The Ashes! They Burnses!

So this story flitted across my feed today:

Ashes Burned and Blistered Parishioner’s Foreheads

On Ash Wednesday, parishioners of Saint Joseph’s church in Newtownshandrum, Co Cork received their cross ashes on their forehead as many Catholics around the world did, but something different happened at St. Joseph’s.

The parishioner’s foreheads began to burn and blistered where the ashes marked their foreheads.

When Father Baker realized what was happening he stopped using the ashes at once.

“It was while I was placing the ash on the foreheads of parishioners that people began complaining about a burning sensation on their foreheads.

“I was surprised by it as I was dipping my thumb in the ashes but did not have any sort of reaction to it myself.“Once I was made aware of it, I ceased giving out any more ashes and alerted the parishioners from the altar that they should immediately remove the ashes from their heads.”

The ashes have since been sent to a lab for investigation into what could have caused the burning and blistering of the parishioners skin.

Father Baker insists this was not a supernatural event.

I want to focus on that last sentence for a minute.

I’m not sure if the word “insists” is an accurate reflection of Fr. Baker’s statement or a writerly interpolation, but it seems likely that a priest, looking to reassure a stricken and possibly jittery congregation, would hold firm to the idea that there is a perfectly natural explanation to the experience.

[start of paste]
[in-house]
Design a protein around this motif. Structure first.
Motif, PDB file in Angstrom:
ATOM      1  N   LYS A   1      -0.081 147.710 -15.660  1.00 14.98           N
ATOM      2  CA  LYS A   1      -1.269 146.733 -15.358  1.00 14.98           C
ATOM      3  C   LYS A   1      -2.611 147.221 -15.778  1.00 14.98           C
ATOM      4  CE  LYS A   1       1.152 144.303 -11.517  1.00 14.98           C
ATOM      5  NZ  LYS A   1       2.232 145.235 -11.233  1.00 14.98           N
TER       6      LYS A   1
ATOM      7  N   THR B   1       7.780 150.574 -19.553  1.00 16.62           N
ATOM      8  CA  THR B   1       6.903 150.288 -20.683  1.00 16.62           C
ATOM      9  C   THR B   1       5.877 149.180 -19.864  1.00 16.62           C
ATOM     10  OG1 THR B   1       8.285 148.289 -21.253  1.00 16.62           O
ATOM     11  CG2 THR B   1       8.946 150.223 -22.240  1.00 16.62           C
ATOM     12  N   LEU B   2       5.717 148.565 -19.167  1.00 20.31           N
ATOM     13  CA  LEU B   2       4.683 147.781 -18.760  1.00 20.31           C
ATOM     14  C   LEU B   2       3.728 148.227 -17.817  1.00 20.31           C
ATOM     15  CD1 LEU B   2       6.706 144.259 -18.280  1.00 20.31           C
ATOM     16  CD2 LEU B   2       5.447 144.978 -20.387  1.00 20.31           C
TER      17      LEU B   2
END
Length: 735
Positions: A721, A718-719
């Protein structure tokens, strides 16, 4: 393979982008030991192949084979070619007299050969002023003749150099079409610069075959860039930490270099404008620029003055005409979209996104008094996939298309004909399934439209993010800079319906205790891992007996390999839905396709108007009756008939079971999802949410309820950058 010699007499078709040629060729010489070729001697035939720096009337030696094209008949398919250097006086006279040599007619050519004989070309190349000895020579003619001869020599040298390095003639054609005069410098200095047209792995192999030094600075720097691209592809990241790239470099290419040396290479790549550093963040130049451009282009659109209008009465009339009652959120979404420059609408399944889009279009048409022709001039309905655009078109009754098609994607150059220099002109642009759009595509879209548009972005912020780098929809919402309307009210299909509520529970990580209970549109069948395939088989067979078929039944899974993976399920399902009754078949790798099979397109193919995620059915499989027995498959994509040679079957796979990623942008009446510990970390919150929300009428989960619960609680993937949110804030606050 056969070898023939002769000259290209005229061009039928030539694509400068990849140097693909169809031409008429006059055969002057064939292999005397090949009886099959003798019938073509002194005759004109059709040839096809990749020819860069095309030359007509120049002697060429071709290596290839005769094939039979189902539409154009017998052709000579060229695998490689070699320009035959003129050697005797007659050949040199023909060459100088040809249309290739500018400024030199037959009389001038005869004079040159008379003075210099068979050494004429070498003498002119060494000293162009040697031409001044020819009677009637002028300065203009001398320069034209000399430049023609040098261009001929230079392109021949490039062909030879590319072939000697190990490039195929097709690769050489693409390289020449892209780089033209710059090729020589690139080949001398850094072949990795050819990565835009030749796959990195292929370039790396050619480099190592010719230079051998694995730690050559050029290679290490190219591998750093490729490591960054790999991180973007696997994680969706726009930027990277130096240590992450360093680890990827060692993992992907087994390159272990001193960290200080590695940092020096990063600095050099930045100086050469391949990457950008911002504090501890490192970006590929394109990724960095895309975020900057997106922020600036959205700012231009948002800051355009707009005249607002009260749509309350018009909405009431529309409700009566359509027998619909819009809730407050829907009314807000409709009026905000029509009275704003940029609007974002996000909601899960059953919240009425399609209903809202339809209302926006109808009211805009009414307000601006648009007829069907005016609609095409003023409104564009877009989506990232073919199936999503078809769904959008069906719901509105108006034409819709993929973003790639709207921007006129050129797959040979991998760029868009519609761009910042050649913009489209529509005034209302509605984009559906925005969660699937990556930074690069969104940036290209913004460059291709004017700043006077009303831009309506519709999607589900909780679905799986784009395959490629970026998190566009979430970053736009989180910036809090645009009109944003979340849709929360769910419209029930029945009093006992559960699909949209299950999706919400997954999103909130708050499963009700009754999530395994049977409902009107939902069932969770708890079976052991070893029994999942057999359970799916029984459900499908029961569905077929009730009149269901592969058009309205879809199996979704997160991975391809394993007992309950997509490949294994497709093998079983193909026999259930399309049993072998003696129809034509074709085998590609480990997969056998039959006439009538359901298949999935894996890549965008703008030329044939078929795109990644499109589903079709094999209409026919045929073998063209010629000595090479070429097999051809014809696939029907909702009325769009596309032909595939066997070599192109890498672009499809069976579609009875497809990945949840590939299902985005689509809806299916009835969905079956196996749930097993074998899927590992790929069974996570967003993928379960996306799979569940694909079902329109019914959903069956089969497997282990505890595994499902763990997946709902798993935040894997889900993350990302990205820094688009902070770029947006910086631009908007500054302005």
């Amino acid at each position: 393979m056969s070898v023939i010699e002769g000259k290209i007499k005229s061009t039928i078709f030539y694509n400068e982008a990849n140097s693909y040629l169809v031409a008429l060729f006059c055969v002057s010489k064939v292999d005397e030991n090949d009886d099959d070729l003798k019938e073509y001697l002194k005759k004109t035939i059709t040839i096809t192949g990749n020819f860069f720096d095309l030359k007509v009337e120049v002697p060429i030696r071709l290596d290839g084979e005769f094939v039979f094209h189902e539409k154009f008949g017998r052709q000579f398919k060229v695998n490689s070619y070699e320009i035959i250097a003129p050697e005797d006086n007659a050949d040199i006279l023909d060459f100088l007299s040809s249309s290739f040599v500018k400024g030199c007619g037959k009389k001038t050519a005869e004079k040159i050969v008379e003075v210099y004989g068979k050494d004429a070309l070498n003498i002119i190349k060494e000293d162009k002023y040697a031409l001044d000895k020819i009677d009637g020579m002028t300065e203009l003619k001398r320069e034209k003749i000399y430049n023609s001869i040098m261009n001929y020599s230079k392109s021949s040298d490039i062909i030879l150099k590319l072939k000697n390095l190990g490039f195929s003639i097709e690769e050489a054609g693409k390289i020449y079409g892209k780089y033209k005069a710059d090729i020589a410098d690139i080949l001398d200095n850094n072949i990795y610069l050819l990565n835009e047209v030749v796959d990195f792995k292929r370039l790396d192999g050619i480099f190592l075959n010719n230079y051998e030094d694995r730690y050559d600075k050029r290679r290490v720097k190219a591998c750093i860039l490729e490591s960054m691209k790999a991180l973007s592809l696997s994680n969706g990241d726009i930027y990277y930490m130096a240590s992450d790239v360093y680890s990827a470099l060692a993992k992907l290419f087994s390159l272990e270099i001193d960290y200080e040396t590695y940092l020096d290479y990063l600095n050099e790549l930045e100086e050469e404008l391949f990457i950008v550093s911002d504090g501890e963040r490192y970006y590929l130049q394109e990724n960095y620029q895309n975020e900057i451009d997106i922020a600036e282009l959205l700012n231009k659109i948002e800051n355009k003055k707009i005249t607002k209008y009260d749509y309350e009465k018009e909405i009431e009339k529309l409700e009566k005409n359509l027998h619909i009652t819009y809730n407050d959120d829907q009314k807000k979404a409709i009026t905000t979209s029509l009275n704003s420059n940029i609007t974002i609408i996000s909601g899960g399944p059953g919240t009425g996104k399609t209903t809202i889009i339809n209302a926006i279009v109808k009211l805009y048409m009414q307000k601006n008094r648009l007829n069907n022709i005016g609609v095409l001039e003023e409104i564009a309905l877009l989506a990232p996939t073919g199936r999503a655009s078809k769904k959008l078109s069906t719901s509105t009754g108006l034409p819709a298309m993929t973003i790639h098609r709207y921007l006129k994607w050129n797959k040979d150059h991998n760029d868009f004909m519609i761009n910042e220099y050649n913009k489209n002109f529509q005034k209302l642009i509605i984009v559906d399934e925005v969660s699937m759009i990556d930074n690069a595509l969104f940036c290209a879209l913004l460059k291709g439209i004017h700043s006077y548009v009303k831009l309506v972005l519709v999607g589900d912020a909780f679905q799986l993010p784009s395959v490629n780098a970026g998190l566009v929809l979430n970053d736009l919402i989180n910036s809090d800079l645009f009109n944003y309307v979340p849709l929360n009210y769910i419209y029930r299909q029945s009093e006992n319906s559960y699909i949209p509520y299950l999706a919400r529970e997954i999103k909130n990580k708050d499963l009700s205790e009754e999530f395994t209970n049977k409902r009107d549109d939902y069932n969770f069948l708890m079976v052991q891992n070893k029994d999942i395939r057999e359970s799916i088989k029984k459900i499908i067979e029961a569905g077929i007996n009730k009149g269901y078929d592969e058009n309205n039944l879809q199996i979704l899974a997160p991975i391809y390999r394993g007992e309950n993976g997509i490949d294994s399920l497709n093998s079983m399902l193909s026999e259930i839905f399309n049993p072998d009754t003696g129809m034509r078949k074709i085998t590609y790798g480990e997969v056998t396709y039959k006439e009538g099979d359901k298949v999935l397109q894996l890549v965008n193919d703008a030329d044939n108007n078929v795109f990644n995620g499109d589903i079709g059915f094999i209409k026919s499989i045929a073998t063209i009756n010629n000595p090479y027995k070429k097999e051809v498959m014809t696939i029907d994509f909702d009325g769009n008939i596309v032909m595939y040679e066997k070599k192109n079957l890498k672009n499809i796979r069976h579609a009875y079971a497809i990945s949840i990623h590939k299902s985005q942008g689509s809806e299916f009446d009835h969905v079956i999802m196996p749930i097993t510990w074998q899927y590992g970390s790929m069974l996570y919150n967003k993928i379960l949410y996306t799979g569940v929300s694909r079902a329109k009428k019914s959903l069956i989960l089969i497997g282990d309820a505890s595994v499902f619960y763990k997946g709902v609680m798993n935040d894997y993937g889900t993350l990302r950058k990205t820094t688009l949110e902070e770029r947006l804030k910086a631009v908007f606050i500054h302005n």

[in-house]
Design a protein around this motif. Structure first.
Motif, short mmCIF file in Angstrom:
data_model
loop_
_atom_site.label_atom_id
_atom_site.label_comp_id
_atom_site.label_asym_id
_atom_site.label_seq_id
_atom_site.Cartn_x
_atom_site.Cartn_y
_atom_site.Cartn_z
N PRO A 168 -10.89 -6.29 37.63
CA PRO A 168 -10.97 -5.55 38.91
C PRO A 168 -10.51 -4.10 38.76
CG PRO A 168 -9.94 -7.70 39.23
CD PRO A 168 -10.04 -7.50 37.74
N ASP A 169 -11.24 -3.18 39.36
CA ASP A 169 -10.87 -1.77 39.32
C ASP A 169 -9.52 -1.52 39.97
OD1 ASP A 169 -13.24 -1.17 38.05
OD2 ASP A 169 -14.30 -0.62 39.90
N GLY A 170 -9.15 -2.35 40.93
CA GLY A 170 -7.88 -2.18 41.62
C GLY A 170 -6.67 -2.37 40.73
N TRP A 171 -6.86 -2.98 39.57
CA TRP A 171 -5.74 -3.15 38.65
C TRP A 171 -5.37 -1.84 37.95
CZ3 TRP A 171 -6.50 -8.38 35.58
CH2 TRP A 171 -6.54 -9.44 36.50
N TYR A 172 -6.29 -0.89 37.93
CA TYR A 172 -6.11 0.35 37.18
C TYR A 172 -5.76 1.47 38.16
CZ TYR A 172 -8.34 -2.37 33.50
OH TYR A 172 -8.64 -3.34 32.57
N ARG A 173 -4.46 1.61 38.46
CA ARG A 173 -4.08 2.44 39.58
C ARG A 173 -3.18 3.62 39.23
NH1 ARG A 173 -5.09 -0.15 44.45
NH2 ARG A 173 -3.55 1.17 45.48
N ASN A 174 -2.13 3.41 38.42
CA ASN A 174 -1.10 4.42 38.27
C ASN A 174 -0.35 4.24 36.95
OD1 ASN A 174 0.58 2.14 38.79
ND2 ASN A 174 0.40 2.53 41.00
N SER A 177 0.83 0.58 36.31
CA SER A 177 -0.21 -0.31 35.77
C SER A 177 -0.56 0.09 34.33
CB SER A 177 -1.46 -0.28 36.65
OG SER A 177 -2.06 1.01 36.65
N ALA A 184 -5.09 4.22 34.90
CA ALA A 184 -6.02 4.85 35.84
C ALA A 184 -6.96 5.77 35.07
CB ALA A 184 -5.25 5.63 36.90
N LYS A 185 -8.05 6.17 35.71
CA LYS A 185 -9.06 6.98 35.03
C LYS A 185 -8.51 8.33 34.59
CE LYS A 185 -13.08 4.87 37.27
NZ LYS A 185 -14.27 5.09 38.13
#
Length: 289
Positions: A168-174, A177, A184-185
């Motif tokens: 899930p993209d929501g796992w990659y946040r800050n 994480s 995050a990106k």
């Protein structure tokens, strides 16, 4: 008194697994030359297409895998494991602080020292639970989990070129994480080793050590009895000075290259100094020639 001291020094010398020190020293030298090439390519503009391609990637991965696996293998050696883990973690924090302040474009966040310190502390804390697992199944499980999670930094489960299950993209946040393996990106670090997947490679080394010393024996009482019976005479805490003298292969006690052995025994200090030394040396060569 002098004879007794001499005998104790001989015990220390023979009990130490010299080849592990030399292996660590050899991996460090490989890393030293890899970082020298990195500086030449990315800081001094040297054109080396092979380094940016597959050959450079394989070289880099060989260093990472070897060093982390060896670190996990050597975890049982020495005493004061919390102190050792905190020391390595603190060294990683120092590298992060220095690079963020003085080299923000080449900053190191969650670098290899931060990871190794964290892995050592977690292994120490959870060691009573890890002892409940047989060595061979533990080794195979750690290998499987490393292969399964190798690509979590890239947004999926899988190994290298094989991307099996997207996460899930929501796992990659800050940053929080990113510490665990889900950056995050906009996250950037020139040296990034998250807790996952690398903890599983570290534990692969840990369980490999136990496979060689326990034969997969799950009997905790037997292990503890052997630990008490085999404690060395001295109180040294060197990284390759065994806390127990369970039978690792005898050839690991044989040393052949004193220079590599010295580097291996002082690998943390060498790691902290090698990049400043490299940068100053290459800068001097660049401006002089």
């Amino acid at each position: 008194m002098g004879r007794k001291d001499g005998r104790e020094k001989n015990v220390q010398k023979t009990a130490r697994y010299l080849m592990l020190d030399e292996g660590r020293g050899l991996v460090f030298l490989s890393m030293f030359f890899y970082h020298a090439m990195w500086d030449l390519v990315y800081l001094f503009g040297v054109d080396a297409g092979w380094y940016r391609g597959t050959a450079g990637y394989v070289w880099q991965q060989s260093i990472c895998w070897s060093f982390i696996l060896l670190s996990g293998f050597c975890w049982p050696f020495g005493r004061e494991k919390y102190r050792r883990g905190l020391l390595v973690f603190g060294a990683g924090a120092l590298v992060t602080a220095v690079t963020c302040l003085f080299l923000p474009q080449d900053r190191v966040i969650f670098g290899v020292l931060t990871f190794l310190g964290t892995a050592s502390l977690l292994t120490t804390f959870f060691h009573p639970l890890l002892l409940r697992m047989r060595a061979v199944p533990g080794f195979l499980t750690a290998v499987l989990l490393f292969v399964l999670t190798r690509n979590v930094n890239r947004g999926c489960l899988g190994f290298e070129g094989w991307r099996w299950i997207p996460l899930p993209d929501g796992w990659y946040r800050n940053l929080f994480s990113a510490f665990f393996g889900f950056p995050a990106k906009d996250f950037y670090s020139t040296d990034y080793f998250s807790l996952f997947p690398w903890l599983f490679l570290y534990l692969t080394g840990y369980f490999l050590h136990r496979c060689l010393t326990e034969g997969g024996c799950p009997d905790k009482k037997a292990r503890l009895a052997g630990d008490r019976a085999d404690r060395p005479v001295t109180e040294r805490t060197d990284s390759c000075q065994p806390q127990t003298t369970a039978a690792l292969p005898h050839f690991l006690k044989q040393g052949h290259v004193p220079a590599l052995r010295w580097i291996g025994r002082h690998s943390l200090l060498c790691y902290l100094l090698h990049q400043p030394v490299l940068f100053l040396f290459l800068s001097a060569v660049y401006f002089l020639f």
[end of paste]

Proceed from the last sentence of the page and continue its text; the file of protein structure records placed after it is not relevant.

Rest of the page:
Something caustic probably got in the ashes. This is, all things being equal, the most likely explanation. I doubt God was singling out a bunch of hapless Irish Catholics for a little vampire-style punishment on Ash Wednesday. That would just be too outre.

“It burns!”

Probability, however, is not certainty. There was a time when a priest would have looked at this experience and the “natural/not natural” assumption would have been about 50/50. Why so quick to insist, when encountering something strange in a faith where the supernatural is an integral part, that nothing supernatural is going? The priest is part of a supernatural experience every single day. Is it so outlandish that a penitential event might begin with something a little extra-penitential?

I’m not saying it is, mind you. But I found it interesting that the initial impulse is to dismiss the supernatural completely and seek a wholly materialistic explanation. It’s not how we’ve always thought about these things, so I wrote a little bit about it in this post:

Our Ancestors Weren’t Idiots

—-

Note to Readers: My blogging has been and will continue to be erratic. I’m down to typing mostly with one hand, and my arthritis, in the absence of the extremely expensive medicine that I’m having trouble getting (thanks Obamacare!), is making my life unpleasant. There’s just not a lot of me left over right now.

 

About Thomas L. McDonald

Thomas L. McDonald writes about technology, theology, history, games, and shiny things. Details of his rather uneventful life as a professional writer and magazine editor can be found in the About tab.


CLOSE | X

HIDE | X